In Some Assembly Required, Anne Lamott enters a new and unexpected chapter of her own life: grandmotherhood.
Stunned to learn that her son, Sam, is about to become a father at nineteen, Lamott begins a journal about the first year of her grandson Jax's life.
In careful and often hilarious detail, Lamott and Sam-about whom she first wrote so movingly in Operating Instructions-struggle to balance their changing roles with the demands of college and work, as they both forge new relationships with Jax's mother, who has her own ideas about how to raise a child. Lamott writes about the complex feelings that Jax fosters in her, recalling her own experiences with Sam when she was a single mother. Over the course of the year, the rhythms of life, death, family, and friends unfold in surprising and joyful ways.
Pages: 272 (hardback)
Publisher: Published March 20th 2012 by Riverhead Hardcover
Rating: 8 out of 10
Source: Checked out of library
Date Completed: January 27, 2014
When I look back on early parenthood, Anne Lamott's book Operating Instructions: A Journal of My Son's First Year is one of the shining lights. The book helped me so much! A few years into parenthood and I am trying to figure out how to improve my relationship with all of my daughter's grandparents. I was very excited to hear that she had a new book coming out about her experience as a grandparent. Some Assembly Required: A Journal of My Son's First Son by Anne Lamott was something I very much looked forward to reading, but did not get around to starting for quite awhile.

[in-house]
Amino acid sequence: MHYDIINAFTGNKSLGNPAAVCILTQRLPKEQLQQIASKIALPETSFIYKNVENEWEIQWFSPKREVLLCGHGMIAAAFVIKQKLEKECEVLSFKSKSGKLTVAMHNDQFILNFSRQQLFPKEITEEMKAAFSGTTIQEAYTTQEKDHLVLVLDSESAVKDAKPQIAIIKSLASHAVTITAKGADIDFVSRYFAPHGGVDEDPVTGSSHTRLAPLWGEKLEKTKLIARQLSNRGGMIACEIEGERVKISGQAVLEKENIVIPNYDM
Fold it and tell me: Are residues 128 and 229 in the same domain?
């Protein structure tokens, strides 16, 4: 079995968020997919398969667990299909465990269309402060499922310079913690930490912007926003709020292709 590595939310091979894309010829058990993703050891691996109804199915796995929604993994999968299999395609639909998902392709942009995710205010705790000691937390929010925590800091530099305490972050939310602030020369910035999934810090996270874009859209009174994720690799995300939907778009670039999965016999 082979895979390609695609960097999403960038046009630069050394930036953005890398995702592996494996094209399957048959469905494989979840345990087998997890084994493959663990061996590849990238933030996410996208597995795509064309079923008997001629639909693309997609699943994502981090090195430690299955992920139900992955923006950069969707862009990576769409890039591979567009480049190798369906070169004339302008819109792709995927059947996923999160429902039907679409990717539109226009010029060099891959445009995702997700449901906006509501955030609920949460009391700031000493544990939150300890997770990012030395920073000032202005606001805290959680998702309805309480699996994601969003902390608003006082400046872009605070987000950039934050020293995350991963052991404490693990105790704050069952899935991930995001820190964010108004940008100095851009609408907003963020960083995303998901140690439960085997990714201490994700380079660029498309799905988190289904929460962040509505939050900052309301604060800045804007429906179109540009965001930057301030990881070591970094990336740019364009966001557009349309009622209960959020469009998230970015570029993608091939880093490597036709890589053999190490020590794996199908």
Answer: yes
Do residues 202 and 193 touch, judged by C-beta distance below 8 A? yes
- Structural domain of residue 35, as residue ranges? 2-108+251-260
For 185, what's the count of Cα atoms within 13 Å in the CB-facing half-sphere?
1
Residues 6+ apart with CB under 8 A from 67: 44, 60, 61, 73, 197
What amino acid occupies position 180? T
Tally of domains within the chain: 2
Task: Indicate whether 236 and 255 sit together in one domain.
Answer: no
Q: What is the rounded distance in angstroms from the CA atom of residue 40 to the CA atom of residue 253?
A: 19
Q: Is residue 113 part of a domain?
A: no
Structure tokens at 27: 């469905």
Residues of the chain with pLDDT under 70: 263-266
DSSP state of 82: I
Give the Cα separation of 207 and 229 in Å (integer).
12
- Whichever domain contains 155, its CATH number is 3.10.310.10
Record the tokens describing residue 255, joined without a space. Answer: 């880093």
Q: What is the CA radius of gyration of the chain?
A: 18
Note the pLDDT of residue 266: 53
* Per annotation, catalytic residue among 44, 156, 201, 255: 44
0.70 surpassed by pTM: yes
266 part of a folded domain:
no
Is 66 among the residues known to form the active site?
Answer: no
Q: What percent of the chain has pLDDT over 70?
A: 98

As predicted, I loved her insight and was glad to get the grandparent perspective; I also loved that she co-wrote the book with her son. I was hoping to become more patient and understanding; in the general scheme of the book I felt like I understood her perspective, but I still felt frustrated and annoyed with some of the ways she interacted with her grandson and his parents. One of my favorite passages in the book is about staking out and claiming love territory. We are so lucky that there are so many people who love and support us as a family, but sometimes we inadvertently compete to make sure we have a special spot in my daughter's heart. Even though I know better, I find myself in a weird competitive mode. Seeing my behavior through Lamott's writing made me laugh and reminded me that parenthood can be so much easier without drama.
One of my sweetest moments with the book was as I was finishing the last few pages. The Little One had not slept well the night before and came into our bed. She was sleeping in and I decided to read next to her. Hearing her breathe and look so peaceful next to me made the words about love and family feel so real.
I am counting this book for the What's in a Name 2014 for the reference to time category.